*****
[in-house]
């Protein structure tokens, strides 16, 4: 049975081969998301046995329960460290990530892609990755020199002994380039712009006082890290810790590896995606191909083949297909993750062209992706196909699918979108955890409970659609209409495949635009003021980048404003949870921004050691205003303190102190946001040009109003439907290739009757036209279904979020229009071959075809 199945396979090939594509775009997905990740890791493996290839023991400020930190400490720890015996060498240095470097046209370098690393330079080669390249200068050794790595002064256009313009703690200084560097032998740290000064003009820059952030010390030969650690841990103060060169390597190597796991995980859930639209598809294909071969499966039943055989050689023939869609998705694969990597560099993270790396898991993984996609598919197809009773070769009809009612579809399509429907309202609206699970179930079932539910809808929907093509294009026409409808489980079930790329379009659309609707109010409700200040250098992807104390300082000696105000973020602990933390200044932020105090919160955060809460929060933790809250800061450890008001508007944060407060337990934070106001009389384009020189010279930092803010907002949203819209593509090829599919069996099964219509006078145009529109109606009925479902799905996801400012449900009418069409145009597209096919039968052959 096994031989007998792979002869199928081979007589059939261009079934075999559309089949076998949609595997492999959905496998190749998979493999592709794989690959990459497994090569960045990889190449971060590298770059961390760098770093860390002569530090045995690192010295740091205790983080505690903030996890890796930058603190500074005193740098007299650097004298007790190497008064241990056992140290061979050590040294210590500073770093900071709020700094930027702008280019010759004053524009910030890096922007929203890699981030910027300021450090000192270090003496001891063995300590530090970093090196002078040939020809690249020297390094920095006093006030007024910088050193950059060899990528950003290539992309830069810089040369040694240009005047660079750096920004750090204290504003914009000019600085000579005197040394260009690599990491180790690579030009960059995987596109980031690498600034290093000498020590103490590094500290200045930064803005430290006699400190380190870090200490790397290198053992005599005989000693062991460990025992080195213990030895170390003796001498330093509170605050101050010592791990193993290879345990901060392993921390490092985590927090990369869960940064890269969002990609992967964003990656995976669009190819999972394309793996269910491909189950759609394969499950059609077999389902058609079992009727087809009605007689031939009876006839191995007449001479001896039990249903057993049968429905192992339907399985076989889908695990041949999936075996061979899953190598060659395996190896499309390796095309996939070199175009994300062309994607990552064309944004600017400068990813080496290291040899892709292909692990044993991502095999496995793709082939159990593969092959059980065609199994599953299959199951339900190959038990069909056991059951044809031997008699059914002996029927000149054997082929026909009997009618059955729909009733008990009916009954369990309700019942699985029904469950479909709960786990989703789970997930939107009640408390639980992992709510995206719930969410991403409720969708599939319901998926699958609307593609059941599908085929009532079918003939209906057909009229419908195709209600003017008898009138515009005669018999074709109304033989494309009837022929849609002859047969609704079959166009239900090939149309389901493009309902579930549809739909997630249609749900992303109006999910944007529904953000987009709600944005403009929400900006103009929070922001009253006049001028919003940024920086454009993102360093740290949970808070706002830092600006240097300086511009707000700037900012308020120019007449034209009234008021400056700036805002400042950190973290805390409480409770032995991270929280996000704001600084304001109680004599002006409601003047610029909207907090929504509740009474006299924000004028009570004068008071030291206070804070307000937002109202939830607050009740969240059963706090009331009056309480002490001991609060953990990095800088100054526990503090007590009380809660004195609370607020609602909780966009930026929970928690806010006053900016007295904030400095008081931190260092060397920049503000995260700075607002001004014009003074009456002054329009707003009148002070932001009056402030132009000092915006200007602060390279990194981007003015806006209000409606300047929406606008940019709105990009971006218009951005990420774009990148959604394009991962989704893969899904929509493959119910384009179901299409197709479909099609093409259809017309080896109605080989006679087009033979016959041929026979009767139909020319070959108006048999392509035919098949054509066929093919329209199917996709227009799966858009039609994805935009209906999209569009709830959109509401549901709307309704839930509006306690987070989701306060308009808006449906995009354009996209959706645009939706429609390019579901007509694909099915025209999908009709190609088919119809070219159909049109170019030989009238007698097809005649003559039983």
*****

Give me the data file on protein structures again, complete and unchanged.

[in-house]
């Protein structure tokens, strides 16, 4: 049975081969998301046995329960460290990530892609990755020199002994380039712009006082890290810790590896995606191909083949297909993750062209992706196909699918979108955890409970659609209409495949635009003021980048404003949870921004050691205003303190102190946001040009109003439907290739009757036209279904979020229009071959075809 199945396979090939594509775009997905990740890791493996290839023991400020930190400490720890015996060498240095470097046209370098690393330079080669390249200068050794790595002064256009313009703690200084560097032998740290000064003009820059952030010390030969650690841990103060060169390597190597796991995980859930639209598809294909071969499966039943055989050689023939869609998705694969990597560099993270790396898991993984996609598919197809009773070769009809009612579809399509429907309202609206699970179930079932539910809808929907093509294009026409409808489980079930790329379009659309609707109010409700200040250098992807104390300082000696105000973020602990933390200044932020105090919160955060809460929060933790809250800061450890008001508007944060407060337990934070106001009389384009020189010279930092803010907002949203819209593509090829599919069996099964219509006078145009529109109606009925479902799905996801400012449900009418069409145009597209096919039968052959 096994031989007998792979002869199928081979007589059939261009079934075999559309089949076998949609595997492999959905496998190749998979493999592709794989690959990459497994090569960045990889190449971060590298770059961390760098770093860390002569530090045995690192010295740091205790983080505690903030996890890796930058603190500074005193740098007299650097004298007790190497008064241990056992140290061979050590040294210590500073770093900071709020700094930027702008280019010759004053524009910030890096922007929203890699981030910027300021450090000192270090003496001891063995300590530090970093090196002078040939020809690249020297390094920095006093006030007024910088050193950059060899990528950003290539992309830069810089040369040694240009005047660079750096920004750090204290504003914009000019600085000579005197040394260009690599990491180790690579030009960059995987596109980031690498600034290093000498020590103490590094500290200045930064803005430290006699400190380190870090200490790397290198053992005599005989000693062991460990025992080195213990030895170390003796001498330093509170605050101050010592791990193993290879345990901060392993921390490092985590927090990369869960940064890269969002990609992967964003990656995976669009190819999972394309793996269910491909189950759609394969499950059609077999389902058609079992009727087809009605007689031939009876006839191995007449001479001896039990249903057993049968429905192992339907399985076989889908695990041949999936075996061979899953190598060659395996190896499309390796095309996939070199175009994300062309994607990552064309944004600017400068990813080496290291040899892709292909692990044993991502095999496995793709082939159990593969092959059980065609199994599953299959199951339900190959038990069909056991059951044809031997008699059914002996029927000149054997082929026909009997009618059955729909009733008990009916009954369990309700019942699985029904469950479909709960786990989703789970997930939107009640408390639980992992709510995206719930969410991403409720969708599939319901998926699958609307593609059941599908085929009532079918003939209906057909009229419908195709209600003017008898009138515009005669018999074709109304033989494309009837022929849609002859047969609704079959166009239900090939149309389901493009309902579930549809739909997630249609749900992303109006999910944007529904953000987009709600944005403009929400900006103009929070922001009253006049001028919003940024920086454009993102360093740290949970808070706002830092600006240097300086511009707000700037900012308020120019007449034209009234008021400056700036805002400042950190973290805390409480409770032995991270929280996000704001600084304001109680004599002006409601003047610029909207907090929504509740009474006299924000004028009570004068008071030291206070804070307000937002109202939830607050009740969240059963706090009331009056309480002490001991609060953990990095800088100054526990503090007590009380809660004195609370607020609602909780966009930026929970928690806010006053900016007295904030400095008081931190260092060397920049503000995260700075607002001004014009003074009456002054329009707003009148002070932001009056402030132009000092915006200007602060390279990194981007003015806006209000409606300047929406606008940019709105990009971006218009951005990420774009990148959604394009991962989704893969899904929509493959119910384009179901299409197709479909099609093409259809017309080896109605080989006679087009033979016959041929026979009767139909020319070959108006048999392509035919098949054509066929093919329209199917996709227009799966858009039609994805935009209906999209569009709830959109509401549901709307309704839930509006306690987070989701306060308009808006449906995009354009996209959706645009939706429609390019579901007509694909099915025209999908009709190609088919119809070219159909049109170019030989009238007698097809005649003559039983």